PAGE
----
Why I produced a documentary

By: Mandy Mitchell

I just got done with one of the bigger projects of my career. I’ve always wanted to produce a really long story and I got a chance to do that over the last three months. The documentary was called “Basketball Town” and it told the story of 8 NBA players who have come out of a small town in North Carolina. I produced this largely on my own. I got help for the stand-ups and few of the interviews but I shot the bulk of it, wrote it and edited it.

You can check it out here.

I got the idea for this story about a year ago but I waited until Brandon Ingram of Duke, who is from Kinston, was about to be drafted. I wanted the story to be timely and news worthy.

I knew I had to go to my news director with a really good pitch. WRAL, or any station for that matter, isn’t just going to give someone 30 minutes to play with. It has to be good. So I went (on my own time) and shot a handful of interviews. This worked for me in two ways. First, it showed to me I had the kind of story I thought I had. How many times do we have an idea, but can’t really get the soundbites to back it up? The second thing it did was give me quotes to include in my pitch.

I really had to sell this to get the time. The pitch was about 5 pages long and included a detailed outline with supporting quotes from the interviews I already had in the can. It helped that I had done so much work before going to my ND because it showed I was serious. Lots of people can have big ideas for big stories. The hard part is getting it done.

So here’s my takeaway from this:

  • If you believe in a project, you should never ever be afraid to spend your own time doing the work. I did 90% of this documentary on my own time. I went to Kinston on my days off and spent all day there shooting interviews and talking to people. Doing the work on my off days gave me complete freedom from breaking news or any other events that popped up. I know this may sound crazy to you and you may think it was bad form for me to “work for free.” I am a big believer in opportunity cost. I thought it was worth it to me…for future gains…to give my free time up to achieve a higher goal. Yeah–It would have been nice to have been given a month to work on the project. But I work in TV news…who are we kidding?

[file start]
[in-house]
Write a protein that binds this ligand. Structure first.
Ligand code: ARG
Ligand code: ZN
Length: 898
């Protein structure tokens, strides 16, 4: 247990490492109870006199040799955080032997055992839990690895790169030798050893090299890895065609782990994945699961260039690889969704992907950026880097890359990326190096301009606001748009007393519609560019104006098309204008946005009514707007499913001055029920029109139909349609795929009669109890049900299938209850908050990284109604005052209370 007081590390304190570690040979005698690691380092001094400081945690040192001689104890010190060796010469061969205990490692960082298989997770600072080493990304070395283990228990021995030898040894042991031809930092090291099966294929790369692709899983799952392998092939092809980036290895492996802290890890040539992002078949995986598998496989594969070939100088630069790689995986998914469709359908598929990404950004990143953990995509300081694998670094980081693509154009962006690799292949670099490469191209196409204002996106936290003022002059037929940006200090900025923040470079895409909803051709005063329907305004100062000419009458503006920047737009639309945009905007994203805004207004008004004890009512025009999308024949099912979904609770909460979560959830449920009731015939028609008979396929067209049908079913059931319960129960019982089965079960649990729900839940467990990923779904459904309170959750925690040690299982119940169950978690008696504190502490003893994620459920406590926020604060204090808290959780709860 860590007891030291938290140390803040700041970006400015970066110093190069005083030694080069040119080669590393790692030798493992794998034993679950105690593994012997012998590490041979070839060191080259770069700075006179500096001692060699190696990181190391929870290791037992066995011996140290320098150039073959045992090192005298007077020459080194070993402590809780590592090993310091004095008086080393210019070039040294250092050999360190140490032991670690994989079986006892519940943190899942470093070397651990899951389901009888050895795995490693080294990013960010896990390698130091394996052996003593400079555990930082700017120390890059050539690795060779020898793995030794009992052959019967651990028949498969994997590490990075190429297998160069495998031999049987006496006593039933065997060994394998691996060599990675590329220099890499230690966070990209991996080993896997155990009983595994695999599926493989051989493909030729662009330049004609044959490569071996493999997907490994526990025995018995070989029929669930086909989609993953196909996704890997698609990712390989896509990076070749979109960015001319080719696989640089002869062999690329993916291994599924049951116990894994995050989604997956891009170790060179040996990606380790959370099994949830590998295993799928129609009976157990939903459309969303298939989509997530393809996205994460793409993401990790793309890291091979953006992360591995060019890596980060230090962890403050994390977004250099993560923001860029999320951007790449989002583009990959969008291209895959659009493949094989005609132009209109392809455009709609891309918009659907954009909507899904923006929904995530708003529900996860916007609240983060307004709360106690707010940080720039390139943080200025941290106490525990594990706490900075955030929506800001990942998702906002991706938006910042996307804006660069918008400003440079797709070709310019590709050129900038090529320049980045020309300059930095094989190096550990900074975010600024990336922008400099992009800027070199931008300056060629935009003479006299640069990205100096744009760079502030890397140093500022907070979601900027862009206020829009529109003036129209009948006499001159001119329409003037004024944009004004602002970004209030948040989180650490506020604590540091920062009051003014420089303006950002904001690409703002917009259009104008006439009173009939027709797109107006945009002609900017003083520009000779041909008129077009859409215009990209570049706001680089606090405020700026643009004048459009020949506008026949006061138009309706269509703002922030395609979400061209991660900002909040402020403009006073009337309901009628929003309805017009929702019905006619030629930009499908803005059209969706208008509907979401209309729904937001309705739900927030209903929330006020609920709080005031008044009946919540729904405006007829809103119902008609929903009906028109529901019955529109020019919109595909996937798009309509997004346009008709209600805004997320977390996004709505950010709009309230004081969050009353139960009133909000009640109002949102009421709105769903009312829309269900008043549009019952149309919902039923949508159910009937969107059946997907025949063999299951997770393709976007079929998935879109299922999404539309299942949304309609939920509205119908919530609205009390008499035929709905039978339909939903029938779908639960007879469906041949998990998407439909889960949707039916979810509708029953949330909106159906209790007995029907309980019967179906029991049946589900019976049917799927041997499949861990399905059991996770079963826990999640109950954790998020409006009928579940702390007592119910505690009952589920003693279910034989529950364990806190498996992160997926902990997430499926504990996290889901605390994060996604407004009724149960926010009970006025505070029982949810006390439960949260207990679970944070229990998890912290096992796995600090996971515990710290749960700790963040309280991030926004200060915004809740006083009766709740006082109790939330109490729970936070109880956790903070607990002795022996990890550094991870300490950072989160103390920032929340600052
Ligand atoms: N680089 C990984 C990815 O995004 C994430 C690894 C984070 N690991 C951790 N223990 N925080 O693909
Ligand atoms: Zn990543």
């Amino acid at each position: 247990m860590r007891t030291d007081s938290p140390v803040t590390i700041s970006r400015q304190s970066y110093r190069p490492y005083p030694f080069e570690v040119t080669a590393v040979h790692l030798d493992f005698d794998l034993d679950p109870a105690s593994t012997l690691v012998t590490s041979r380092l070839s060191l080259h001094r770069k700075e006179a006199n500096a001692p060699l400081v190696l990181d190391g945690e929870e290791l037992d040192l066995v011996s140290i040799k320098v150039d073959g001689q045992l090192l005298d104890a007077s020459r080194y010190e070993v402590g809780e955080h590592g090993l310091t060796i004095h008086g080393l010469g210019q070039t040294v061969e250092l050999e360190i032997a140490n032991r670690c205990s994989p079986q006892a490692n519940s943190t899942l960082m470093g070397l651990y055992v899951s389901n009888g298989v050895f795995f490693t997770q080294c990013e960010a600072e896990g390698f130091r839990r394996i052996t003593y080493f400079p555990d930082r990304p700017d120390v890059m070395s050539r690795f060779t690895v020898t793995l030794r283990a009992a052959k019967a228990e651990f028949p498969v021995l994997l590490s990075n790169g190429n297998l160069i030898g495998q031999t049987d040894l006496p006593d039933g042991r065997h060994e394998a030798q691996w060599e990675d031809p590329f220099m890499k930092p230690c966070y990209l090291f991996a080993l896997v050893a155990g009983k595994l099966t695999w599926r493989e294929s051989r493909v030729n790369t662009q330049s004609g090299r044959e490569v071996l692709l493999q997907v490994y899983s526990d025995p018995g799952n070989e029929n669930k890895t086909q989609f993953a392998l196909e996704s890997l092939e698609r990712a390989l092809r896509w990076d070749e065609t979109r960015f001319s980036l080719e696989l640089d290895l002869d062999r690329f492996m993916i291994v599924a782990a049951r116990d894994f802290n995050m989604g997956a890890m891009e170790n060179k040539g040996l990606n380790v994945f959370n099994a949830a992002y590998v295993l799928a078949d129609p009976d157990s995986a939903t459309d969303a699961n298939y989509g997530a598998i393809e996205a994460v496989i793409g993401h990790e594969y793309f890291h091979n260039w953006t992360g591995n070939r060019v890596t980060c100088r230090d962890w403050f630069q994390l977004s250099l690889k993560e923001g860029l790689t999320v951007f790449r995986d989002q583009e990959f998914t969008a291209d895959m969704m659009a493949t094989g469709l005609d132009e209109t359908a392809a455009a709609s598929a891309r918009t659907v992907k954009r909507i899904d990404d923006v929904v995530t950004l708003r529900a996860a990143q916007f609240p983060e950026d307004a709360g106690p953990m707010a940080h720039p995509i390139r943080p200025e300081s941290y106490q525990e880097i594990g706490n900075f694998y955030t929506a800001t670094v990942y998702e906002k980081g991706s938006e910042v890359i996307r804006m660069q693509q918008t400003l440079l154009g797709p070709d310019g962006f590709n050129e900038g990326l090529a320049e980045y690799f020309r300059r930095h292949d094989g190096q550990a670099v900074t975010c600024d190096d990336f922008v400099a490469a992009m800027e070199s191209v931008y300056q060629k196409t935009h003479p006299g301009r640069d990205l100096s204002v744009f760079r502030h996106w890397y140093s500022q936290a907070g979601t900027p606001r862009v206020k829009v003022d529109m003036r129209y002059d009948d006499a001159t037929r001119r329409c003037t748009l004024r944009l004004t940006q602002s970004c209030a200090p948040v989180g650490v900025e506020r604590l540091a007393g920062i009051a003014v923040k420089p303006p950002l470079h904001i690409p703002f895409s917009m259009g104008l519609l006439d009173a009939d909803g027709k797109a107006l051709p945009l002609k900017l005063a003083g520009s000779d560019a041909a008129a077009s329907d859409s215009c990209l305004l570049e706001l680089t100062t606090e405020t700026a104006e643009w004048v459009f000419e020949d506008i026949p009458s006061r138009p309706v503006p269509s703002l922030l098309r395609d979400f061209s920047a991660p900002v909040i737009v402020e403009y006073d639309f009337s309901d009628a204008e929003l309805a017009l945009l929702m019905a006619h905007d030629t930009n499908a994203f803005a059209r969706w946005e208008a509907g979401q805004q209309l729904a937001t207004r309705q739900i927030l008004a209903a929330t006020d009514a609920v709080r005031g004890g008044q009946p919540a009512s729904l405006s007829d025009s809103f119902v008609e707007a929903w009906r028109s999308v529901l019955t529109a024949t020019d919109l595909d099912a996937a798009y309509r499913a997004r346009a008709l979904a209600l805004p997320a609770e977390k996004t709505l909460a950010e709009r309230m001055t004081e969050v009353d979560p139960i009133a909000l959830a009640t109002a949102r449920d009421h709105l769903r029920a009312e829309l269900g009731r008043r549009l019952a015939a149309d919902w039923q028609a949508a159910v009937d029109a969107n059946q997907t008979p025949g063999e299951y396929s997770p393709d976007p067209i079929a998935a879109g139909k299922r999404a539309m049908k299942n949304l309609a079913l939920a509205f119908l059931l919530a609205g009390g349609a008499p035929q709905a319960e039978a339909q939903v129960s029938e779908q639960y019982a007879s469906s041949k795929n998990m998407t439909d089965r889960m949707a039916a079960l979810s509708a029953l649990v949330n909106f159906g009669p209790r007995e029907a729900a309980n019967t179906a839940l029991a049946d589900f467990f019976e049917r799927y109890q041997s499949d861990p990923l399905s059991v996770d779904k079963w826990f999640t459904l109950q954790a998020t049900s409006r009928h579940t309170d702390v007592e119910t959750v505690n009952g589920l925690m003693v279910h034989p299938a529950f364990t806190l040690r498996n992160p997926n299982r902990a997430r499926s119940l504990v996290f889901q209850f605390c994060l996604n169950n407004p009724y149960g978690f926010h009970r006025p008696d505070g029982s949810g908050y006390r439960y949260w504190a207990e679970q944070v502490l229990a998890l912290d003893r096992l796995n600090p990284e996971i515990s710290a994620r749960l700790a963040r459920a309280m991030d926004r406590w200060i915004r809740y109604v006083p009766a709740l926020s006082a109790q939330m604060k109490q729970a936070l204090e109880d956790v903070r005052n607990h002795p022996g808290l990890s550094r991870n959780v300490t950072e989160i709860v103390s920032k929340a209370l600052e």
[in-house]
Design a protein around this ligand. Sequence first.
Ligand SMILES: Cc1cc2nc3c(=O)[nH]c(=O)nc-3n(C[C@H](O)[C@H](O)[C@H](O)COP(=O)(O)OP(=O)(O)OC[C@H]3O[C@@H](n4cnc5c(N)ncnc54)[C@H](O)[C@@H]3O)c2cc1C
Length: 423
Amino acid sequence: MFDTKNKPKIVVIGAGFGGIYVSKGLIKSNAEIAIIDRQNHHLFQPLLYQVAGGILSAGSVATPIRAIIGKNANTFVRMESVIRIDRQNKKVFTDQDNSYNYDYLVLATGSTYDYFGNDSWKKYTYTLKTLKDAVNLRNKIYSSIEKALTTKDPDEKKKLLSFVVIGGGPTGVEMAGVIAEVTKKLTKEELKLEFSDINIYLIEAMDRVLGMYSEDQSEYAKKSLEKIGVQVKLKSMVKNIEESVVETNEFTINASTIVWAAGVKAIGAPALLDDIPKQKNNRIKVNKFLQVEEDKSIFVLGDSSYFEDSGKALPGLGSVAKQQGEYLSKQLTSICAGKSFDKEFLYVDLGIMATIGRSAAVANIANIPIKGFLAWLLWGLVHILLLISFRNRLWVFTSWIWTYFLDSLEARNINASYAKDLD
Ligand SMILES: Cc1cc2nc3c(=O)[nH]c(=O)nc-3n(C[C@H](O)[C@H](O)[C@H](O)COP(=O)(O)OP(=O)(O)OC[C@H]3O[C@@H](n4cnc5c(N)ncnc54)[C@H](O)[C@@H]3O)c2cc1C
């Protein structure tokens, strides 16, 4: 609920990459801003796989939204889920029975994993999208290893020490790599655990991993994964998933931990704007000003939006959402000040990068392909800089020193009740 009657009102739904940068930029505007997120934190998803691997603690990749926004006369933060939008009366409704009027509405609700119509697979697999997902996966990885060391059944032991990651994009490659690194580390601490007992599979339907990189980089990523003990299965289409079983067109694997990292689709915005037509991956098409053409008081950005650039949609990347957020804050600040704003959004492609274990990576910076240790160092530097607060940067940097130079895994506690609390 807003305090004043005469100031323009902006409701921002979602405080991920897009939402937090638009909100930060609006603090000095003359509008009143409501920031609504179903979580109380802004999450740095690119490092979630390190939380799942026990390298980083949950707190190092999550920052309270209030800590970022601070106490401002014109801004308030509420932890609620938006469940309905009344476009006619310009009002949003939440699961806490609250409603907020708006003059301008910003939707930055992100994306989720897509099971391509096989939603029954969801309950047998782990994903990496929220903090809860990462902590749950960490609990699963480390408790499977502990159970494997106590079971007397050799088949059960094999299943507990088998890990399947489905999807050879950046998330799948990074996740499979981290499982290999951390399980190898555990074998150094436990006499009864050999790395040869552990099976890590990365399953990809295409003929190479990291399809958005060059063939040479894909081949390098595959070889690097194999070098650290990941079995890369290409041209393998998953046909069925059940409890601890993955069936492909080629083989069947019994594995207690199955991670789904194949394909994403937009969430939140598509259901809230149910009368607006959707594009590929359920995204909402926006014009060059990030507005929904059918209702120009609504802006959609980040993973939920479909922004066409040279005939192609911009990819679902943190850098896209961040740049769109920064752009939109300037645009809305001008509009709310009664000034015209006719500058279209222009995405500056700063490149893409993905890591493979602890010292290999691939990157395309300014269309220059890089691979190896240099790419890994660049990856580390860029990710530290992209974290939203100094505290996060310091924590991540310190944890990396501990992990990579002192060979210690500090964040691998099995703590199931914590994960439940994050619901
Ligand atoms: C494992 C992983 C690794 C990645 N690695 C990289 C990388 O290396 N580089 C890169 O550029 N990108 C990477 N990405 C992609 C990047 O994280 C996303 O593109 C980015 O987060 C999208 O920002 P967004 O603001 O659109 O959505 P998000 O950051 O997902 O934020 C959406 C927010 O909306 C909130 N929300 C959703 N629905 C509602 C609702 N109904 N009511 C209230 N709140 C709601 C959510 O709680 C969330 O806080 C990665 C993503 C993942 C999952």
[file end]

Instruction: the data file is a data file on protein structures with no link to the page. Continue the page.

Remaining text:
• Side projects like this are really good for curing the boredom this business can often provide. This documentary was a huge challenge and took a lot of time, but it was also really fun. We have all done stories and said we just wish we had more time. This time I had more time.


  • Sometimes you just have to create your own opportunities. You won’t get all the good assignments or trips or the best schedule all the time. Sometimes you have to think of your own ways to expand your role. If you want to do more storytelling, come up with a good franchise and pitch it. If you have an investigative idea, do a sweeps series. If they don’t have time to air it on TV, do it for the web! If you like long-form interviews, do a podcast or blog for the station website. Try not to fall into the trap of only doing what is asked of you. It may not earn you extra money now, but it will make you more marketable later.

Stations are looking for people who can do more than just do a live shot and a PKG in a day. Stations want content and I think, overall, this is great for our business! Showing you can do more will open more doors for you at your current station and future stations. I never thought I would do a documentary. Now I am looking for my next big project!




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